Military Intelligence Directorate



Intel Report



Jan 2, 2010


The following is an analysis of NATO's undewater hydrophone arrays, known as SOSUS, which occupy a vast area of the ocean floor throughout the North Atlantic and Norwegian Sea. To see the general location of these arrays, please review the SOSUS Map (which is also located in the Chart Room at Northern Theater Headquarters). This report will provide you with our best estimate of the system's capabilties for planning purposes. Included are formulas for determining the sensitivy of NATO's hydrophones and the likelihood of detecting one of our submarines.

What this report does not contain, however, ar the actual locations of the SOSUS hydrphone tanks which would allow our submarines to evade detection more easily, nor does it contain information on the actual hydrophones themselves, or the route of the signal or the method of processing for identification/classification purposes. Such information would be the pronvince of the FSB, and could only be extracted at great risk and expense. Still, this could be procured with the proper authorization. (See your Intel/CI Officer about making this a high priority when submitting intelligence requests.)

Current status of SOSUS

The SOSUS arrays are made up of a vast number of hydrophone clusters which were laid along the Atlantic floor as early as 1947, with some of the existing system still using hydrophones placed during the 1960's. While the SOSUS system is quite dense, we believe that the hydrophone technology and wiring are quite dated, and when combined with the more refined tactics for evasion among our submarine commanders (e.g., slipping between bands of water of different temperatures) we believe the actual range of pickup is actually rather poor by modern standards, and often highly unreliable.

Detection Capability

Based on our best estimates, we have developed the following formula to determine the risk of being detected by the SOSUS system. We emphasize that this is only an estimate; we have no idea if these figures are correct without gaining access to special records in Norfolk, Va. (Please contact your Intel/CI Officer to see if he can arrange such a mission through the FSB.) Without such verification, we believe the accuracy of this report could be off the mark by as much as 50%. You may want to make allowances for such errors in your planning.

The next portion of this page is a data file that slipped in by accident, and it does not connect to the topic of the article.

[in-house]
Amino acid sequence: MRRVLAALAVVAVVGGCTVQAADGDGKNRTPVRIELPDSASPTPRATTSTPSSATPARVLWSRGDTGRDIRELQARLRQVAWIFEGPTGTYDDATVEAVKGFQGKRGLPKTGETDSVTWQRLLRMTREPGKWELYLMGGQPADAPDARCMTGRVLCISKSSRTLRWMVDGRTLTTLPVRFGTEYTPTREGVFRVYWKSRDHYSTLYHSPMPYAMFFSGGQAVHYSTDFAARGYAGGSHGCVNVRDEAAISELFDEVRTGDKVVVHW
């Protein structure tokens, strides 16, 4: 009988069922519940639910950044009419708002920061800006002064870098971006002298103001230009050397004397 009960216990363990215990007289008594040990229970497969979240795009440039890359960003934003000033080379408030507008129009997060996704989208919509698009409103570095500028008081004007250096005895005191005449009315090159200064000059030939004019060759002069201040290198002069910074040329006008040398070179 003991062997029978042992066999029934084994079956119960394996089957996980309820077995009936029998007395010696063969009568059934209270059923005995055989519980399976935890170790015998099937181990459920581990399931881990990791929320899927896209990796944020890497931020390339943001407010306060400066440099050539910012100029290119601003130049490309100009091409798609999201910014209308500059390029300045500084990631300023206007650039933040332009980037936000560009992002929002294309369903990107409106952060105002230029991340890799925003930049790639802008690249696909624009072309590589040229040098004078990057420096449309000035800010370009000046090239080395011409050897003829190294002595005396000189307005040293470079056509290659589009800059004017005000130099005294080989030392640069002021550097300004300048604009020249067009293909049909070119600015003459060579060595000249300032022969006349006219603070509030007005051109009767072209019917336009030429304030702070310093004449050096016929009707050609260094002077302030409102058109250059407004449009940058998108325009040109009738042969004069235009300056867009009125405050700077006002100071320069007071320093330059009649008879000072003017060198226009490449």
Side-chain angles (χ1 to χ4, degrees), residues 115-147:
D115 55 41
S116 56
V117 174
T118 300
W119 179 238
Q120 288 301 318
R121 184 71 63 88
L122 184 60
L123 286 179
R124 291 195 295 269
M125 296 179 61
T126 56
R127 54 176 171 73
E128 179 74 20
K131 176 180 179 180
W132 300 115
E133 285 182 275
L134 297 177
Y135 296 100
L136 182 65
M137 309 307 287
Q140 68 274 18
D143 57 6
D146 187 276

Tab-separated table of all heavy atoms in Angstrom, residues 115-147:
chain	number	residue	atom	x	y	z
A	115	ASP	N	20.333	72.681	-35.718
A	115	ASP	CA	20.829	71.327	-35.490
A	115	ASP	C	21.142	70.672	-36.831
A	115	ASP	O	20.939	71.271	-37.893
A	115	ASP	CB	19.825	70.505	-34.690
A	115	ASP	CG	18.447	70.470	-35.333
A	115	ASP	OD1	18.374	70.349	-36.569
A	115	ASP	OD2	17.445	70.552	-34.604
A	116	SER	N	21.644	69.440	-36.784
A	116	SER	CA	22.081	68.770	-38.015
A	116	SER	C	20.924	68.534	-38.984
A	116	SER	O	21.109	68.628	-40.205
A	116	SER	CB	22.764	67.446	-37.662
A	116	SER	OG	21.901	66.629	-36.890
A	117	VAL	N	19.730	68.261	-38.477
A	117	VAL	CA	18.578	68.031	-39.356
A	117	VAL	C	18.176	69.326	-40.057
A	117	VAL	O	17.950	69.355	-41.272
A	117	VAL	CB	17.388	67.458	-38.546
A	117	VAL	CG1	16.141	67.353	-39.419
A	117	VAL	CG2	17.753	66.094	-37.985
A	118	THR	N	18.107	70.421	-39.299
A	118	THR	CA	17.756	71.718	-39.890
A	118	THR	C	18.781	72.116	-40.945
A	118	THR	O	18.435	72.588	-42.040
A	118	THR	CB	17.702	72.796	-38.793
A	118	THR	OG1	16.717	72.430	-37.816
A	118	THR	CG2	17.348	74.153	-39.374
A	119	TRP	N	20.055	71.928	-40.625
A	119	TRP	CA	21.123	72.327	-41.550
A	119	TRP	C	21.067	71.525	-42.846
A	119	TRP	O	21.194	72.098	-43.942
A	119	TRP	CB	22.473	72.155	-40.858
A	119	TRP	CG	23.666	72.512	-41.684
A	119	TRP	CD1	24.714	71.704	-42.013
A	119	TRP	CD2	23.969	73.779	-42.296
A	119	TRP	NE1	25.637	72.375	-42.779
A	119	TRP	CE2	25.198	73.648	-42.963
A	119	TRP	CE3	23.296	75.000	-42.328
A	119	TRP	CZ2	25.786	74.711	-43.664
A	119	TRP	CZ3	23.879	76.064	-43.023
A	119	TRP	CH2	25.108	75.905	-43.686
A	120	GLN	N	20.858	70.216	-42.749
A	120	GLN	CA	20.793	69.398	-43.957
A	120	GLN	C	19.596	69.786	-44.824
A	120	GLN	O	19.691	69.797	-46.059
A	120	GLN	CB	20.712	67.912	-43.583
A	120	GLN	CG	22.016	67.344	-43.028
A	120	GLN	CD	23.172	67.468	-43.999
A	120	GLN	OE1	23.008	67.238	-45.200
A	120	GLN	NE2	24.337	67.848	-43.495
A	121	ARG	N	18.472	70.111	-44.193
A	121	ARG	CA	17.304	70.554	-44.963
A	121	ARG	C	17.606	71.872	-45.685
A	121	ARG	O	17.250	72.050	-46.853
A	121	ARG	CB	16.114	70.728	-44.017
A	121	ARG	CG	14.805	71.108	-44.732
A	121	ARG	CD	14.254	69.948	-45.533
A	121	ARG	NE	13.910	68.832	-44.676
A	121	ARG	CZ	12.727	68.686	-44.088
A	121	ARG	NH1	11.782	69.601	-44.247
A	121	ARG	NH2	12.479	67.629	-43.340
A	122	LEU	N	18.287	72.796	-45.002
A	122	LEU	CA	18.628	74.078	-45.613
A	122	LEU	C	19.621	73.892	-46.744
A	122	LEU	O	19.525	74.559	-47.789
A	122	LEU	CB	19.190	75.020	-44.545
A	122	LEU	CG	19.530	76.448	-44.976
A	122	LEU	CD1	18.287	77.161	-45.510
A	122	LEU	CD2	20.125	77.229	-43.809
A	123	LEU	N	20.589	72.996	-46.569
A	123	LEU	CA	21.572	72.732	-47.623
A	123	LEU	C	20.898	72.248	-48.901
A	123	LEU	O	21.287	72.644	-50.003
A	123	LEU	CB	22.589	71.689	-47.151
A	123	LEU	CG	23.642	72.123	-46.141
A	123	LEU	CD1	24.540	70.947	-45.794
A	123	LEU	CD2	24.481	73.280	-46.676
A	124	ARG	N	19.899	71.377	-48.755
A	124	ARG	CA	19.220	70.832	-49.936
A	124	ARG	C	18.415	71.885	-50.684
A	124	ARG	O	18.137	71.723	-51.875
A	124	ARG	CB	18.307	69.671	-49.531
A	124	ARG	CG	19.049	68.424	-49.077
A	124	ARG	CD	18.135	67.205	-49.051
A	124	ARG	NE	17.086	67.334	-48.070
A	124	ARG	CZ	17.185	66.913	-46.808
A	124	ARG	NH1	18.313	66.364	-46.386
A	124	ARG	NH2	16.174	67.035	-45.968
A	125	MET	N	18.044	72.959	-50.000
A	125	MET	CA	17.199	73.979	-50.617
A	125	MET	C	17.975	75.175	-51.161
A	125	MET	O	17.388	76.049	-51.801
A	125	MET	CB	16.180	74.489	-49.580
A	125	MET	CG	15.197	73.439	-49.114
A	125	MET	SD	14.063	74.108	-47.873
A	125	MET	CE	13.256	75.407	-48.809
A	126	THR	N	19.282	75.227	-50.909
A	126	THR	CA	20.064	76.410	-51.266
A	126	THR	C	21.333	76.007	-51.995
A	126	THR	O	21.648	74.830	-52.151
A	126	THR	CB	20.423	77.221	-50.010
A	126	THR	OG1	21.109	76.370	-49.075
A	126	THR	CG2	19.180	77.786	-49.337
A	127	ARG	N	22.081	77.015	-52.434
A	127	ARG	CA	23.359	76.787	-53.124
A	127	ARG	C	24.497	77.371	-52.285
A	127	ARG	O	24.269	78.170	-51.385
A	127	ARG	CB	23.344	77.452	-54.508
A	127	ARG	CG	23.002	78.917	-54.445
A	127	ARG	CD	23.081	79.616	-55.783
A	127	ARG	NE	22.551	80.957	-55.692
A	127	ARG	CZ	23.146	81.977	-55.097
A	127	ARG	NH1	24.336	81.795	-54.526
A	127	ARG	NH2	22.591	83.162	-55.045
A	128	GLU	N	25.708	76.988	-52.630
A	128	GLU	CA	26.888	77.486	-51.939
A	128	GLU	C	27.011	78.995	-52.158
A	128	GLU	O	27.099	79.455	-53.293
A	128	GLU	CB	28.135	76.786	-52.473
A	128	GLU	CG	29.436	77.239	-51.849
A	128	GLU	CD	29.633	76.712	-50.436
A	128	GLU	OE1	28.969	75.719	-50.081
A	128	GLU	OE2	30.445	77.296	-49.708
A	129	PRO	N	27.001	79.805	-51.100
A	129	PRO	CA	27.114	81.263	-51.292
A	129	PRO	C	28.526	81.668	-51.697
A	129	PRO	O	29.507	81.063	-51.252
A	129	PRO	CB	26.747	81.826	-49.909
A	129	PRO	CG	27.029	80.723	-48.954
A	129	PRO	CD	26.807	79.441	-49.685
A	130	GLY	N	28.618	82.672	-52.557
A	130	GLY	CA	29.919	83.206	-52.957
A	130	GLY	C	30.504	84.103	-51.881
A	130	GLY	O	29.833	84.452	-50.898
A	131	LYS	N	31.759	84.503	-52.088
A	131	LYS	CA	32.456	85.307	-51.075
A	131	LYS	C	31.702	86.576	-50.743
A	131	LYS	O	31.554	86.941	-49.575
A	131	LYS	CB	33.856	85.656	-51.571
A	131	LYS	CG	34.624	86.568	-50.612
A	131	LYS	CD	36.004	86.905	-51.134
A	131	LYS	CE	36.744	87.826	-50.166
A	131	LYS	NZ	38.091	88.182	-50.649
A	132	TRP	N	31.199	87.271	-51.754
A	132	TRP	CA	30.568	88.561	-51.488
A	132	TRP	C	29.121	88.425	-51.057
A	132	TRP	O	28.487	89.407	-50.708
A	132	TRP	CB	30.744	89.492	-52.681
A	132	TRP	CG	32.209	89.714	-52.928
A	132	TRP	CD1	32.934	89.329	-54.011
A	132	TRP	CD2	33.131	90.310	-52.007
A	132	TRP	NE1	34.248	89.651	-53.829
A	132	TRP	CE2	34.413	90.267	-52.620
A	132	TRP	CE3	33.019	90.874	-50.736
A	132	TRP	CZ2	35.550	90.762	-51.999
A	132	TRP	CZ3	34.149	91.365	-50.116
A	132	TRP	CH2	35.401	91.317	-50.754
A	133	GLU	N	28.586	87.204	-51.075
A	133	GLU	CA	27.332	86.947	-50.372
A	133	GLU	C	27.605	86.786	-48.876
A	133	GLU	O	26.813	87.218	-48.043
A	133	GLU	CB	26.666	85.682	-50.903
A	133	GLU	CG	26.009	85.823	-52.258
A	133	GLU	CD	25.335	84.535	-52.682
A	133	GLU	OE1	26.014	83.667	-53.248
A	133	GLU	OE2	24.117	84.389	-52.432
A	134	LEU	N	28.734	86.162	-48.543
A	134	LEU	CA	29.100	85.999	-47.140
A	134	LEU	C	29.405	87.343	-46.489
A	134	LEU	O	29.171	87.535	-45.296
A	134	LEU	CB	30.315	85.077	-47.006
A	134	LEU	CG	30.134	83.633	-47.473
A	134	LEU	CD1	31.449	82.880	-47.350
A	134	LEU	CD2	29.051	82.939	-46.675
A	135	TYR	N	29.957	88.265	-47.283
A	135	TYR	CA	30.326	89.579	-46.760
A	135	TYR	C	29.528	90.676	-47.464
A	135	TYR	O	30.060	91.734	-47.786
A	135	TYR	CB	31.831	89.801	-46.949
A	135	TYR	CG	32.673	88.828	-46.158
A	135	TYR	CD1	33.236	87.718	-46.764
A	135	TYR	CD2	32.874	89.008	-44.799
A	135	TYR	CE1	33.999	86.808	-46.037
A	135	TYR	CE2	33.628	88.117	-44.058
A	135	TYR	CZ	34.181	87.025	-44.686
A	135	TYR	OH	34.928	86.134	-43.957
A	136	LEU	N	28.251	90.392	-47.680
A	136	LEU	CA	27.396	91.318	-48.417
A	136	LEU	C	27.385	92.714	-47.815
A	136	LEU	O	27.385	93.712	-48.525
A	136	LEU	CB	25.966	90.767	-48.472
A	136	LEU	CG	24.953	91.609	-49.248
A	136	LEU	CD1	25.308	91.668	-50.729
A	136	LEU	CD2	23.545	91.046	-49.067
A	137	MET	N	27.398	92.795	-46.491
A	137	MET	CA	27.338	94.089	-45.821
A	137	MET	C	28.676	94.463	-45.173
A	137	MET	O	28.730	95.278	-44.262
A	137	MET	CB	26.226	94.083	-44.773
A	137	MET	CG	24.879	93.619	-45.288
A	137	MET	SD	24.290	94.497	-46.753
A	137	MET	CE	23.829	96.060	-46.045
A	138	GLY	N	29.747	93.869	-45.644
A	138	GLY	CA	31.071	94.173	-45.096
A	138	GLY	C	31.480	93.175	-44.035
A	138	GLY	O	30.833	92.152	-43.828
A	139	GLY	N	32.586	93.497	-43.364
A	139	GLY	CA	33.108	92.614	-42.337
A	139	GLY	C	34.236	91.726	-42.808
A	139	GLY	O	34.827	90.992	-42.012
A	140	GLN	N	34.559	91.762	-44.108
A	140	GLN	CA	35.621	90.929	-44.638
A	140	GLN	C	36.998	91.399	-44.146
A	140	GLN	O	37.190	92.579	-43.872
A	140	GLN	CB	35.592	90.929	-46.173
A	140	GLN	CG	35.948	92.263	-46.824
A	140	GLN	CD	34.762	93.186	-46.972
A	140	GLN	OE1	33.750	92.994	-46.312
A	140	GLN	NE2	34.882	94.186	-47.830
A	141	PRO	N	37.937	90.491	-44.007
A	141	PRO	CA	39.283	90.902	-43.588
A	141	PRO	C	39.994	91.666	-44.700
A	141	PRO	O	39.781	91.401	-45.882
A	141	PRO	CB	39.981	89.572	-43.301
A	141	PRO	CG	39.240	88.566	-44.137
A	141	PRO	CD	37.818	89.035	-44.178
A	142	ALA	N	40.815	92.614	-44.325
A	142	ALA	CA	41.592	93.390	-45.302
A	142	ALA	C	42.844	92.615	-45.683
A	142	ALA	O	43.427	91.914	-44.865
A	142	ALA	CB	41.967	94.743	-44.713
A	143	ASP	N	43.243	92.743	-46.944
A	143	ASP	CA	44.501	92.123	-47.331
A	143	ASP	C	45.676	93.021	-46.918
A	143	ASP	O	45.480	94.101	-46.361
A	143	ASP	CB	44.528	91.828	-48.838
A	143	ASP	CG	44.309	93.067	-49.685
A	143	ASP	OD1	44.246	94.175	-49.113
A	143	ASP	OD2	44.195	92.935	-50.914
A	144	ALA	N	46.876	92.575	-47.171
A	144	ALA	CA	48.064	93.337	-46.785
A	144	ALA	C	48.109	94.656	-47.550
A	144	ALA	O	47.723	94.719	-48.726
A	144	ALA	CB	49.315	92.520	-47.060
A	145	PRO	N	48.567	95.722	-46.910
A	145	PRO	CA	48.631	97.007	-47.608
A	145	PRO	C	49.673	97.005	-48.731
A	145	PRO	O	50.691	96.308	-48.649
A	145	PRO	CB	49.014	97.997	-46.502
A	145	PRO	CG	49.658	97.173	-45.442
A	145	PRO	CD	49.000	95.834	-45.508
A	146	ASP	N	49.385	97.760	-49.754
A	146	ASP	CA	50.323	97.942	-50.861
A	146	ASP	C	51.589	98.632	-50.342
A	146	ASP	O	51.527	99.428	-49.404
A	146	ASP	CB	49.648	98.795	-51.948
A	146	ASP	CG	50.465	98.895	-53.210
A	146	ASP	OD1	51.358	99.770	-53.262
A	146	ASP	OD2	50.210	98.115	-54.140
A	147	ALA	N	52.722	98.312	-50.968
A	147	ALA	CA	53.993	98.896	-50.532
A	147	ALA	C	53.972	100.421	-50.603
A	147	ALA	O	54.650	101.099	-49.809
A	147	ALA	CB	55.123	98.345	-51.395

To determine the base chance of detection, use the following figures:

Class --

EQuiet: 10% chance of detection per 8 hour period.
VQuiet: 20% chance of detection per 8 hour period.
Quiet: 30% chance of detection per 8 hour period.
Noisy: 40% chance of detection per 8 hour period.

Next, consider the effect of the sub's speed, and the sea state.

Speed --

Creep speed = No change
Cruise speed = 50% increase in chance of detection
High speed-flank speed = Double chance of detection.

Thermocline -- There is a further 50% reduction in chance of detection if the sub is at shallow depth, above the thermocline. (If the sea state is 5 or above, or if the depth is shallow, there is no thermocline.)

Environmental factors -- Then factor in the various environmental conditions, transients or change of maneuver. (See Environment and Special Modifiers in Harpoon 4, page 4-11.)

The final result is the actual chance of detection for a given sub.

Skill of the sub commander

A veteran sub captain can also make a difference in the ability to evade detection, as he will likely be more familiar with the underwater currents as well as tactics learned from the Cold War. It is assumed that the newer the boat, the more senior the commander. Thus, veteran captains are considered to be commanding the following boats:

-- All "improved" classes (Imp. Akula, Imp. Victor III, Project 636 Kilo)

-- All SSNs numbered over 400.

These commanders will have a 40% chance of completely evading detection during any 8-hour period. (If sub is detected, roll D100 @ 40% to see if it "escapes" detection.)


Due to the dedicated nature of the hydrophones and the powerful processing used by NATO's land-based computers, we assume that a great many SOSUS detections are automatically identified by class.

Range, bearing and reliability

Since hydrophones are omni-directional there is no way to determine the sub's location in relation to the array. The speed of the sub is also unknown. There is also some amount of relay and processing time as well as the time needed to notifiy the appropriate command, during which time the accuracy of the reported location starts to decay even further. We believe it is possible that by the time a ship captain or air base commander is alerted to the sub, that the reported position may only be accurate to within 15-20 miles .

This concludes the brief on SOSUS detection. We hope the above information will be of value in the weeks ahead.


The CAESAR System

The CAESAR System is a small field of hydrophone arrays located in the western Barents Sea between Norway's North Cape and Svalbard as shown on the SOSUS Map. It is our own version of SOSUS, which dates back to the 1950's and 60's. Because of its early technology and the lack of maintenance it has received over the years, we estimate this system is only half as effective as SOSUS. Thus, the chance of detecting a NATO sub by CAESAR can be determined by halving the detection probability of SOSUS.